• Technology developments: A card issuer must adjust to new technologies promptly to remain competitive and appealing to changing end user expectations. Card issuers must keep up with technological developments or risk being left behind 
  • Changing consumer demands: Consumer expectations and preferences continuously change - especially in a world where options seem infinite. This means, card issuers must stay ahead of the curve, staying in tune with the needs of cardholders, and modifying their products accordingly. Previous developments associated with changing consumer demands include connections with digital wallets and payments using wearable devices. 


Since 2011, most prepaid card issuers in the UK have to comply with the Electronic Money Regulations (EMRs) set up by the FCA to ensure enhanced transparency and fair competition with the sector and its operations.

Card issuers need to think about regulatory hurdles such as having the right licences to offer open-loop cards, the need for technological infrastructure when setting up a card issuing platform and the complexities associated with establishing partnerships with card schemes like Visa or Mastercard.


The card issuing process explained

Card issuers need to follow a process in order to get the green light from the card scheme and regulators. These include:


Obtaining licences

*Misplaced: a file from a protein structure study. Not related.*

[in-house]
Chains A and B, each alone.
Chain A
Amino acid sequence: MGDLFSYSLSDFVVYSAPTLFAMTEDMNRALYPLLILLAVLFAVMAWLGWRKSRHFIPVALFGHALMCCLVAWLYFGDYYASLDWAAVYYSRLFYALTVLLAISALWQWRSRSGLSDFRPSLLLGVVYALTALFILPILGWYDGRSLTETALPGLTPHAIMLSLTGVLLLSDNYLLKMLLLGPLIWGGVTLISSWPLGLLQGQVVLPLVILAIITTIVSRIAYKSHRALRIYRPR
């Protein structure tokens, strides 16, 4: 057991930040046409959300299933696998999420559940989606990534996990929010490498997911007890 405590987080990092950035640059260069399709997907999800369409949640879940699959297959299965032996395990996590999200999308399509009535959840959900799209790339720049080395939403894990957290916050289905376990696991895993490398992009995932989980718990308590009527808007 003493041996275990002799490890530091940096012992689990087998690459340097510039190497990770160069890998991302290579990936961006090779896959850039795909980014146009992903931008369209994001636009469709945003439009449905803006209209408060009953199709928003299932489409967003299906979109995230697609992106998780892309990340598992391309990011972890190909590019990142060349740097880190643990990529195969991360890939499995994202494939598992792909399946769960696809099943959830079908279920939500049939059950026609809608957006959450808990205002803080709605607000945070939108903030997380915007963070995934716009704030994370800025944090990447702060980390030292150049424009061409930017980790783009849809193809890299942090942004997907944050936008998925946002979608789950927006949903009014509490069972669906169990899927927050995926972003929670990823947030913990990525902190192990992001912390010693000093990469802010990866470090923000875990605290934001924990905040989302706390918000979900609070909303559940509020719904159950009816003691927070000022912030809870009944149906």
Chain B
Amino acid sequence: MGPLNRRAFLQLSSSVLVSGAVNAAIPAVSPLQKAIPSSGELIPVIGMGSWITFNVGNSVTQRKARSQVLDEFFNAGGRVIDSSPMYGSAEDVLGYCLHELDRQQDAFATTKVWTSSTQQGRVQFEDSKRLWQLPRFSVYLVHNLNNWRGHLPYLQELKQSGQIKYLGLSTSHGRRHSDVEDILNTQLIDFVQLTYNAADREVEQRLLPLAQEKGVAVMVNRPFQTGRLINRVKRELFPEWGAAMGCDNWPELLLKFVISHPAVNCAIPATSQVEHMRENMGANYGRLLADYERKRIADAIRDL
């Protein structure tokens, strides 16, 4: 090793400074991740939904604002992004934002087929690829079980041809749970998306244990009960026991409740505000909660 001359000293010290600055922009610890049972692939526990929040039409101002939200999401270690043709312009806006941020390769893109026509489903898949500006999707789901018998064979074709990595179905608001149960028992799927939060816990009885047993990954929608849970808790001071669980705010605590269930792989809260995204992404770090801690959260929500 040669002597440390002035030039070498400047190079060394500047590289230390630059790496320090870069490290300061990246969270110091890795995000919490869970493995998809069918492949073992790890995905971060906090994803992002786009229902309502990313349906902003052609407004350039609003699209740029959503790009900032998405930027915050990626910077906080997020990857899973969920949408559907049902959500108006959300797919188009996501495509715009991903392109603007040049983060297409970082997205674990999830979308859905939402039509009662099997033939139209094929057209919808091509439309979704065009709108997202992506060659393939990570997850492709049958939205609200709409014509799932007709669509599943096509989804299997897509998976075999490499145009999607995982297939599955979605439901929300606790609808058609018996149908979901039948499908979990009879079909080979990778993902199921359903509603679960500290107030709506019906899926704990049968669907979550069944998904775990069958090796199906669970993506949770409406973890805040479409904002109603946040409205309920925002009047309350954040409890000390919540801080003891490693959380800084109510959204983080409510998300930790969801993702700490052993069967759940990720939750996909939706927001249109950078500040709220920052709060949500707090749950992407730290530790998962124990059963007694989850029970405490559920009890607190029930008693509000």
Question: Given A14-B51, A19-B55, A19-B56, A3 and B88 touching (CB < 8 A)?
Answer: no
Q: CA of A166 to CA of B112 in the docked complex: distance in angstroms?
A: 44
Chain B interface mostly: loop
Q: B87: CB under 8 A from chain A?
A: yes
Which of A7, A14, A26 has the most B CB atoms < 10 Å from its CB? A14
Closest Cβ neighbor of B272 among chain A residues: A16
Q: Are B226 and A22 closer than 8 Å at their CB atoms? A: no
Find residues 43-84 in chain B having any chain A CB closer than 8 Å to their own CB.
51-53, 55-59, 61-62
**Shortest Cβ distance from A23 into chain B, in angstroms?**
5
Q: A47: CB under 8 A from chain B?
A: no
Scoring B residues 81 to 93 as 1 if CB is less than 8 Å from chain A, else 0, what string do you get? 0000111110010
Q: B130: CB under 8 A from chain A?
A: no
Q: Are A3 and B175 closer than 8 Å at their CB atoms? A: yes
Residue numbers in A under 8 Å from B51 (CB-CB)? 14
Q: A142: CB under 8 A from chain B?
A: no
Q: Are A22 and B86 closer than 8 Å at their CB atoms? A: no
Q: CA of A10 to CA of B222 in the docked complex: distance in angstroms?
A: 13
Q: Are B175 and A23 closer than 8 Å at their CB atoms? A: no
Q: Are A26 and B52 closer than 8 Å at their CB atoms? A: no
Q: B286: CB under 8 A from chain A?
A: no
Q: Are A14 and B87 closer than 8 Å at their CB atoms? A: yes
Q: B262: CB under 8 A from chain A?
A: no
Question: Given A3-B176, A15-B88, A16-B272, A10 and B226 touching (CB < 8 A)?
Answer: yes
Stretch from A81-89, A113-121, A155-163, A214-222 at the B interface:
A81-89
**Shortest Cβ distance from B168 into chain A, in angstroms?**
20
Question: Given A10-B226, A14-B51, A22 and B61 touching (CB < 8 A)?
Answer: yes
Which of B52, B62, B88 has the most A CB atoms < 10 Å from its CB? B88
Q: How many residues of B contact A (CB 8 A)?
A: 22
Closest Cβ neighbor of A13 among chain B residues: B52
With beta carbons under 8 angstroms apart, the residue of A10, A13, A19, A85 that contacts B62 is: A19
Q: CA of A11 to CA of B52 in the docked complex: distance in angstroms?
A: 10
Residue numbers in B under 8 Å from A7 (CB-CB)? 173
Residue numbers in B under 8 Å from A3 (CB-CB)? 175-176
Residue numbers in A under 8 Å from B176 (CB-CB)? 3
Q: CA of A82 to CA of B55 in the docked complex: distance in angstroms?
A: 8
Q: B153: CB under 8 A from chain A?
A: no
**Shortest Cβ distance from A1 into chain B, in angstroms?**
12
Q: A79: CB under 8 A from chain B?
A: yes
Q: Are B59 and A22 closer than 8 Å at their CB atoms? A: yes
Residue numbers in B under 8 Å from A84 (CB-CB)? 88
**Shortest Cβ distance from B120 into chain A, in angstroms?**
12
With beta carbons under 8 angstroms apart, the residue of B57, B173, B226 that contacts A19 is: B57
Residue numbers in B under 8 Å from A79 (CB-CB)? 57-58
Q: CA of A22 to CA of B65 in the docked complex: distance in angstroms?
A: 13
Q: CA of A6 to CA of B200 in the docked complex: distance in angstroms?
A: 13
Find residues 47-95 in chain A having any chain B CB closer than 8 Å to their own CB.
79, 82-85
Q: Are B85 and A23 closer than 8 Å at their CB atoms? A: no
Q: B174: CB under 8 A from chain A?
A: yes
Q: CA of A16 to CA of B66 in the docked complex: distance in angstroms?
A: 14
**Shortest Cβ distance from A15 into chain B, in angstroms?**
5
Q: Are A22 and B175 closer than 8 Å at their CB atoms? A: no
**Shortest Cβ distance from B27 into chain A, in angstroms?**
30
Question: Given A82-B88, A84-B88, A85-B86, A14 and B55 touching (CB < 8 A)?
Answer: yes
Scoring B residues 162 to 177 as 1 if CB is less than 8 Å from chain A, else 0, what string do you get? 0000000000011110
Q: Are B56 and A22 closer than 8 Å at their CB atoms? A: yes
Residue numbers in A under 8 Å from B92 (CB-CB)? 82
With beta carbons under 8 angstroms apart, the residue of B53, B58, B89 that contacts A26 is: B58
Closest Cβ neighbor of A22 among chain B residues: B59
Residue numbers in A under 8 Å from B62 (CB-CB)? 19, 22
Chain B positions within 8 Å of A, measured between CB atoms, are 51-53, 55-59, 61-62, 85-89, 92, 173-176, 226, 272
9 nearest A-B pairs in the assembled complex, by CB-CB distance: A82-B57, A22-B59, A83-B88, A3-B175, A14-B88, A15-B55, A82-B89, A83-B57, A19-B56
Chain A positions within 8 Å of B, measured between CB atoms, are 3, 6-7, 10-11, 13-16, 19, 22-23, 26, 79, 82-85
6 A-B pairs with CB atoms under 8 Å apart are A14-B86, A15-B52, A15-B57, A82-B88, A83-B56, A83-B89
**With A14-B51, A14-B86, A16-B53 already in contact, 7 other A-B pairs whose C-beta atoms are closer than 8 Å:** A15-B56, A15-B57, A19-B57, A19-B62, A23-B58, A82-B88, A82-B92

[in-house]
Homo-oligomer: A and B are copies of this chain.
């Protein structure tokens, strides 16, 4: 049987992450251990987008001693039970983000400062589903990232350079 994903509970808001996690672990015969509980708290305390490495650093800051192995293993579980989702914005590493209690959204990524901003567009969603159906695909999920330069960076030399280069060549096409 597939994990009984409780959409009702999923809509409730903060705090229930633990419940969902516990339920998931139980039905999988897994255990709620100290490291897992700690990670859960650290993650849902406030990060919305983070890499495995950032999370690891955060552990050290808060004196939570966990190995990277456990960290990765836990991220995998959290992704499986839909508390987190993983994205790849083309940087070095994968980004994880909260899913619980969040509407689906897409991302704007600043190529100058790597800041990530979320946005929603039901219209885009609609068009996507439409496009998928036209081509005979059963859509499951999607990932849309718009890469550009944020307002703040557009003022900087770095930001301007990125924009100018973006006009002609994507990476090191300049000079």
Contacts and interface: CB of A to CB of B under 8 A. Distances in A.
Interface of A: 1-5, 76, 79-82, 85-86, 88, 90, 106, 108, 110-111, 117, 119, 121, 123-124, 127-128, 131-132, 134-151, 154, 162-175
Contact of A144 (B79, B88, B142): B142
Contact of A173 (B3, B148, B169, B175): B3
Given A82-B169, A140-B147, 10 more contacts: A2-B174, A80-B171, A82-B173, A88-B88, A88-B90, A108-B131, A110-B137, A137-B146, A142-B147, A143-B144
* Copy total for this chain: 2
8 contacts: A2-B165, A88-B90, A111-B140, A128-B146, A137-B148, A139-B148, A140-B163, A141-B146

Card issuers need to have a Payment Institution or an Electronic Money Institution (EMI) licence to be able to hold or transfer cardholder funds.  

All prospective card issuers operating out of the UK must comply with FCA regulations  before being given the green light.


Securing scheme membership

A card issuer needs to become a member of a card scheme, before they can be given the go ahead to issue card products. 

For example, if a prospective card issuer wants to offer Mastercard labelled cards they need to to become a licenced Principal member , and need to be vetted, ensuring they meet certain regional or international requirements for various regulations.

This membership is crucial for compliance and network access for the card issuer.


Partnership with card networks

First and foremost, a card issuer authorises the transaction based on account balance. To pay a merchant, the funds must come from the issuing bank- and it is the card issuer’s responsibility to ensure the money is available to pay the merchant. 


Technological requirements for card issuing

To operate as a card issuer, there are certain technology and security requirements to handle card-based transactions.  

These include:

  • Systems for processing transactions (authorisation, clearing and settlement)
  • Ensuring cardholder data security 


Security measures in card issuing

There are a number of essential security measures that need to be followed by card issuers.  

PCI DSS compliance, encryption and tokenisation are just a few security measures that safeguard transaction data and protect against fraud.